Thai economy in crisis: Government seeks foreign investment and tackles debt

Picture courtesy of Evan Krause, Unsplash

The economy in Thailand is in crisis and needs some significant stimulation, according to the nation’s Prime Minister Srettha Thavisin, who also acts as the Thai Finance Minister. The nation’s reliance on tourism has been heavily impacted by lower-than-expected foreign arrivals, resulting in a need to prioritise foreign investment and tackle household debt.

The 61 year old prime minister made his remarks at a forum, citing the recent state-planning agency data that showed the economy grew at an unexpectedly low rate of 1.5% in the third quarter of this year, compared to the same period last year. This marked the slowest growth rate this year, attributed to weak exports and limited government spending.

The finance minister’s controversial plan to stimulate the economy involves a digital wallet policy, which will provide 10,000 baht handouts to 50 million Thai citizens to spend within their local communities next year. Despite attracting criticism from economists and former central bankers over concerns of financial discipline breaches, government officials have vocally supported the stimulus plan, referring to it as a necessary response to the country’s economic crisis, reported Bangkok Post.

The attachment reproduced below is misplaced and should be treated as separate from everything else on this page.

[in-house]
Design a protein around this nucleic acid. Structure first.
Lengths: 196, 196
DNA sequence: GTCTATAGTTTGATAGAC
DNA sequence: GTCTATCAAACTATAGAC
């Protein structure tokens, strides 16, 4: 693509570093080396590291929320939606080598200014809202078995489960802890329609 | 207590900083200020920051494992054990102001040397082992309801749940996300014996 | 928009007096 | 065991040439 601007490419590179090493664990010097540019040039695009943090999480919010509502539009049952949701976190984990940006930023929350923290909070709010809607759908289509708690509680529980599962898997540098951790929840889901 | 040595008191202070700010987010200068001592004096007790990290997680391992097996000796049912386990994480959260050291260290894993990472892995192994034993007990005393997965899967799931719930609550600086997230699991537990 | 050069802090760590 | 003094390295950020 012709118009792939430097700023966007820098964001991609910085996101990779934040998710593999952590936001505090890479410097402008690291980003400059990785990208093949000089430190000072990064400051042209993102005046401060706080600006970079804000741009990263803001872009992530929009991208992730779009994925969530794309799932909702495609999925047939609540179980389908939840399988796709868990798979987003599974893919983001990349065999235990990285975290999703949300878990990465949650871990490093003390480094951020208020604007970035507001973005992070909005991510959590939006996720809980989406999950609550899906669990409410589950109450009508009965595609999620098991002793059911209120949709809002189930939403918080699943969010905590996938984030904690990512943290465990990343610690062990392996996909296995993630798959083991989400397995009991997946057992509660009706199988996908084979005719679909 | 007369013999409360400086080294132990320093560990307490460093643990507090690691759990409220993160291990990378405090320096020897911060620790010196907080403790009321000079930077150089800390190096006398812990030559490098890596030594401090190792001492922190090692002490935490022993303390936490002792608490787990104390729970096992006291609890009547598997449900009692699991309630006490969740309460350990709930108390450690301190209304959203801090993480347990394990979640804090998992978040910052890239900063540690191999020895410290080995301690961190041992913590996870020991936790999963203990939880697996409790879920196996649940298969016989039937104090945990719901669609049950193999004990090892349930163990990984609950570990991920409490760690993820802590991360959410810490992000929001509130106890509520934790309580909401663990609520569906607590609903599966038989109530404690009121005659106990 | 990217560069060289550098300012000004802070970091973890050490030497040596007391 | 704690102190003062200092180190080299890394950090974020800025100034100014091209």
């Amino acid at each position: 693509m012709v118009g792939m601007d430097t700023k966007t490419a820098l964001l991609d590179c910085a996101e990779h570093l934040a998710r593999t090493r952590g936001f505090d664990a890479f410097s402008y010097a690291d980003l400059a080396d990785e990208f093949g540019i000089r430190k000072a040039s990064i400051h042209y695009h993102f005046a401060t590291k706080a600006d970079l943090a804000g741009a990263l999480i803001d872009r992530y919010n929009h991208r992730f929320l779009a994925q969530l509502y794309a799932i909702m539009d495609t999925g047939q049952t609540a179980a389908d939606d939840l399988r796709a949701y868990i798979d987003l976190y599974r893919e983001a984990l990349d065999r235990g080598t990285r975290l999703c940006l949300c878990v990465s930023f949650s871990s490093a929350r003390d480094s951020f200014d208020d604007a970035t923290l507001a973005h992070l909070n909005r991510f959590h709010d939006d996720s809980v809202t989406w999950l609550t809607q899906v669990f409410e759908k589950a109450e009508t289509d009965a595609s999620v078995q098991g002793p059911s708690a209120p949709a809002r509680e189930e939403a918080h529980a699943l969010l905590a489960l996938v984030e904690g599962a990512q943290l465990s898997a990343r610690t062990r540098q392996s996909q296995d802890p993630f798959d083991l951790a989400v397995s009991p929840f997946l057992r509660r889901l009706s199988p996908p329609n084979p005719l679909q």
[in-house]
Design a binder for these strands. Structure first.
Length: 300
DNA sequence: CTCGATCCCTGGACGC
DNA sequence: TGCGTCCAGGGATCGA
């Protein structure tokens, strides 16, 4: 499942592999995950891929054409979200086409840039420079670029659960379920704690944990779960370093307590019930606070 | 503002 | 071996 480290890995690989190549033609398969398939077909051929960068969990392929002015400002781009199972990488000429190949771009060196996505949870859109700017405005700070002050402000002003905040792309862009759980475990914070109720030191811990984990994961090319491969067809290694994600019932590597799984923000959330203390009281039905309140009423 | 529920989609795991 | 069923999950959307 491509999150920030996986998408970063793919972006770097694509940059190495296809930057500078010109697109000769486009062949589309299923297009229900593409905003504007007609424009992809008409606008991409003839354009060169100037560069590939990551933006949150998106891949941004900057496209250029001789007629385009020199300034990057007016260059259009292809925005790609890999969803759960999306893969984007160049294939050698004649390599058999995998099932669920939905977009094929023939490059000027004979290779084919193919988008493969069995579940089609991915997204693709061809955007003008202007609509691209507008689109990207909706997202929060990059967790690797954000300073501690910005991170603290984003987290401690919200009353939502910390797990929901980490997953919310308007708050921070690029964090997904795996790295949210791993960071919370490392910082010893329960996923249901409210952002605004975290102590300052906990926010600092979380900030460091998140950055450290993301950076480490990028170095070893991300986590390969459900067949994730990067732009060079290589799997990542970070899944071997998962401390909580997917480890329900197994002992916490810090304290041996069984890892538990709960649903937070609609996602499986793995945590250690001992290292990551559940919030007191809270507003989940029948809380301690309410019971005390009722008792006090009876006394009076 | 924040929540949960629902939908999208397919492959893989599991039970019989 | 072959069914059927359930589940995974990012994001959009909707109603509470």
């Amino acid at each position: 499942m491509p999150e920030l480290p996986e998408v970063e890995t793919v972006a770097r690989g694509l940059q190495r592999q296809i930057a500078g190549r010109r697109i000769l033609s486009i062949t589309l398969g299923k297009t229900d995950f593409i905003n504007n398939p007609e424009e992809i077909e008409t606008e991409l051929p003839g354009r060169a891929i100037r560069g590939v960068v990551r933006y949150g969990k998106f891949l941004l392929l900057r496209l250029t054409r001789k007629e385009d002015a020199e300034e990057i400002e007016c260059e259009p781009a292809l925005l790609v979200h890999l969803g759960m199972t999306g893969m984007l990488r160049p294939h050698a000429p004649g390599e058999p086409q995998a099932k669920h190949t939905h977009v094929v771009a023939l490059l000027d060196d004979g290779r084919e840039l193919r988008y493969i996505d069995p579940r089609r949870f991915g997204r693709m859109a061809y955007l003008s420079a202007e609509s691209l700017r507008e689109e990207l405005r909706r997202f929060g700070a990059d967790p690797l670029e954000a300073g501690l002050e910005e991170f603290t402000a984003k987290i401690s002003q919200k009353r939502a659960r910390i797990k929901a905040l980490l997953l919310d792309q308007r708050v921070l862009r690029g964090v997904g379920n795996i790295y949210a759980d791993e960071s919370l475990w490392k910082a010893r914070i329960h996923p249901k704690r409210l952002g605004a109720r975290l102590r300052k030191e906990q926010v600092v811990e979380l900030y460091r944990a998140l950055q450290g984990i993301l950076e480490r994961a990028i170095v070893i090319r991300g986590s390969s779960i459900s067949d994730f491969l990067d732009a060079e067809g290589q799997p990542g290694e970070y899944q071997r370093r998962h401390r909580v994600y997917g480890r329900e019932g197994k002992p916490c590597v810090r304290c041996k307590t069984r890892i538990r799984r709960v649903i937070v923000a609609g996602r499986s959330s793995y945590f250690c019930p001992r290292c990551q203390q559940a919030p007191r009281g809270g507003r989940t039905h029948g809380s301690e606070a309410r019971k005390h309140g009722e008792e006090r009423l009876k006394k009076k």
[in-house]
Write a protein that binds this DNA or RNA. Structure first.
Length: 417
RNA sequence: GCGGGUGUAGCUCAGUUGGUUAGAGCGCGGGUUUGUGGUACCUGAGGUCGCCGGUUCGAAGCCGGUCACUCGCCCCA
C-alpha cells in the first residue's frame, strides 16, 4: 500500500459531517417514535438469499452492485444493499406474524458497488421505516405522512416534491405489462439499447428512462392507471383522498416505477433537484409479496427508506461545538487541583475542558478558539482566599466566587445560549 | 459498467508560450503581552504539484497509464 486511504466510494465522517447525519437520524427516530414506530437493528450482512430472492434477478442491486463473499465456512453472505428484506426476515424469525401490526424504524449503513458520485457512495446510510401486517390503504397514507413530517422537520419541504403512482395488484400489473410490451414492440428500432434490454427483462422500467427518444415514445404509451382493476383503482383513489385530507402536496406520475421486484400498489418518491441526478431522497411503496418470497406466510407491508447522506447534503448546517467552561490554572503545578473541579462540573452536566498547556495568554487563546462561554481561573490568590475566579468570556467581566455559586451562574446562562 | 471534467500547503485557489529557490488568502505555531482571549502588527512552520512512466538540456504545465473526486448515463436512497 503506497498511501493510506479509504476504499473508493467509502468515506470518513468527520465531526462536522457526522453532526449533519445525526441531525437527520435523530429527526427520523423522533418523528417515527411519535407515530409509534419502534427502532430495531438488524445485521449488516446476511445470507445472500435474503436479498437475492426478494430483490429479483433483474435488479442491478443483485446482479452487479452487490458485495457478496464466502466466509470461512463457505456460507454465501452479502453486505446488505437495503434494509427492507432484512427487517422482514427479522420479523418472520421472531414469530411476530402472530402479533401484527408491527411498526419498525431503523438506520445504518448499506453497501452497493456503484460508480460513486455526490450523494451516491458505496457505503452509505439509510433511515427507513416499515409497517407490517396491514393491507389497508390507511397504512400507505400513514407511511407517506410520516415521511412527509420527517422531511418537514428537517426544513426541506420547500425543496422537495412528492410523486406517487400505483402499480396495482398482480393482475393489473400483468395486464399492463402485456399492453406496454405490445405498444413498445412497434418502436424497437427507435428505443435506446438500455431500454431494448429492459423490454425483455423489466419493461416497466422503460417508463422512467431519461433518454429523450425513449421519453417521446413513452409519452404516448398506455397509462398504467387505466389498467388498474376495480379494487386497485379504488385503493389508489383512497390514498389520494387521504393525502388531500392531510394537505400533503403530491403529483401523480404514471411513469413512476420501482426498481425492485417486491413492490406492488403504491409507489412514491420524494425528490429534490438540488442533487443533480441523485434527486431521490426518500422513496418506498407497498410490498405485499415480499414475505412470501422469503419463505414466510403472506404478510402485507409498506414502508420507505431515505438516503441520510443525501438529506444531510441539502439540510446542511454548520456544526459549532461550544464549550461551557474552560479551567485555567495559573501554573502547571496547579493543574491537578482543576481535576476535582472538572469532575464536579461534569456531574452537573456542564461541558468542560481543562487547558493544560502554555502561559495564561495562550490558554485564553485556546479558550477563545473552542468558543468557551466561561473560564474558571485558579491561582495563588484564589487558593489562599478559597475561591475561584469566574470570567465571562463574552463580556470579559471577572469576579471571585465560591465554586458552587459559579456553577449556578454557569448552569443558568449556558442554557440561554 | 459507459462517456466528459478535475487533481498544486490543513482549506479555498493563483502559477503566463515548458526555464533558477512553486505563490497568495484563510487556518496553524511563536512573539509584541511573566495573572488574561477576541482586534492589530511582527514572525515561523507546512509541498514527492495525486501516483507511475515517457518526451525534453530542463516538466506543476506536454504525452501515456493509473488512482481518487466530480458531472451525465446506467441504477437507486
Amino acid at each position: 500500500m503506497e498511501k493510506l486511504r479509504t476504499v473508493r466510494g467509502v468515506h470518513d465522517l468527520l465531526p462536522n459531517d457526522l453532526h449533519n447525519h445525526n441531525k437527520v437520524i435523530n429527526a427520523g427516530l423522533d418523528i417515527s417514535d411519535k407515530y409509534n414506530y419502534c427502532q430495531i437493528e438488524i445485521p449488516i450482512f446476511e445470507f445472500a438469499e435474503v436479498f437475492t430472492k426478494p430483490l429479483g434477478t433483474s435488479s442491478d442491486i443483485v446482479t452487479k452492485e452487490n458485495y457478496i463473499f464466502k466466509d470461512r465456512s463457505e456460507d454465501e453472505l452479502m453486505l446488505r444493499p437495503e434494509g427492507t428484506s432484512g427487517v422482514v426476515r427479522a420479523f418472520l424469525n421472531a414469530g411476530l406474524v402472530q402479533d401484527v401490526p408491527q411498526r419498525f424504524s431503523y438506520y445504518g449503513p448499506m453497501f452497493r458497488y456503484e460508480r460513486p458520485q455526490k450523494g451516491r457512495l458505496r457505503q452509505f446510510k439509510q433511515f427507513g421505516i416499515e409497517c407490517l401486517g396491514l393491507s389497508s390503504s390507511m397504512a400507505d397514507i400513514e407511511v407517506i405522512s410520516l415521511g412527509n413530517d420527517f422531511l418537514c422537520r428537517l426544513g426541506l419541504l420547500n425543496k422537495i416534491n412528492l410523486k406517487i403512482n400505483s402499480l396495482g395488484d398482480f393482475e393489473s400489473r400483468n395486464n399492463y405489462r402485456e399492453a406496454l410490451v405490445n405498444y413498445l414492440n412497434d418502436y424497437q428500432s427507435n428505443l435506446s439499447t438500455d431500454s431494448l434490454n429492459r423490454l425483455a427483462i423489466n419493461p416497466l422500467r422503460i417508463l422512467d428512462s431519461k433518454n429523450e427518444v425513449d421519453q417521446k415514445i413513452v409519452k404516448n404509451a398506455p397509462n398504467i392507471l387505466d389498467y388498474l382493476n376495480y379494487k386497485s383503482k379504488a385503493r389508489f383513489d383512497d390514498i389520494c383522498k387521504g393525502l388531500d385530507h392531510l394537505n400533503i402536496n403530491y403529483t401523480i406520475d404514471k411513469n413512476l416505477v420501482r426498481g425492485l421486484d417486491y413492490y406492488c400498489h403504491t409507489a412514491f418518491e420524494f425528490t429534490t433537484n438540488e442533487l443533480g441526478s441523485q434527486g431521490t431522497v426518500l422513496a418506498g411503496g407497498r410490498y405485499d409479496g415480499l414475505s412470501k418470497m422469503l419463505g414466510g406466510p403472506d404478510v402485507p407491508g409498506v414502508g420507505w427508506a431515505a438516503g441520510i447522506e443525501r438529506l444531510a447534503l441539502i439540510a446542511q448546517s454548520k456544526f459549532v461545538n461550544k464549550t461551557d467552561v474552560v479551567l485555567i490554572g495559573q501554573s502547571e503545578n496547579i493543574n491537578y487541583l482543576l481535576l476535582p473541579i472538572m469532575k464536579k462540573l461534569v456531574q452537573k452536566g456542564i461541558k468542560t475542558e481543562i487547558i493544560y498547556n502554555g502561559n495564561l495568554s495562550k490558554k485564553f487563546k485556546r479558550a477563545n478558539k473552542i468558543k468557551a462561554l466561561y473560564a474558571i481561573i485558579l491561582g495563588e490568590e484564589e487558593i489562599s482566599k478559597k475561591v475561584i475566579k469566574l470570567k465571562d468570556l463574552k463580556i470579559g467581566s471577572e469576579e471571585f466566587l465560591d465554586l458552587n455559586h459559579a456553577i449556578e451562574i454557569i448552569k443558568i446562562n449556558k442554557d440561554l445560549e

PM Srettha, a political newcomer and real estate mogul, has set an ambitious target for Thailand’s economy. The Bangkok-born PM aims to achieve an average growth rate of 5% annually over the next four years. This is a bold goal considering the economy’s average growth rate of 1.9% over the previous decade, which falls behind regional counterparts.

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In a move to control inflation and stimulate growth, the Bank of Thailand (BoT) unexpectedly increased the key interest rate by a quarter point to 2.50% in September, marking a ten-year high. The BoT is set to review this policy again on November 29.

Addressing the issue of household debt is also a priority for the finance minister. He announced plans to propose measures to improve household debt on December 12.

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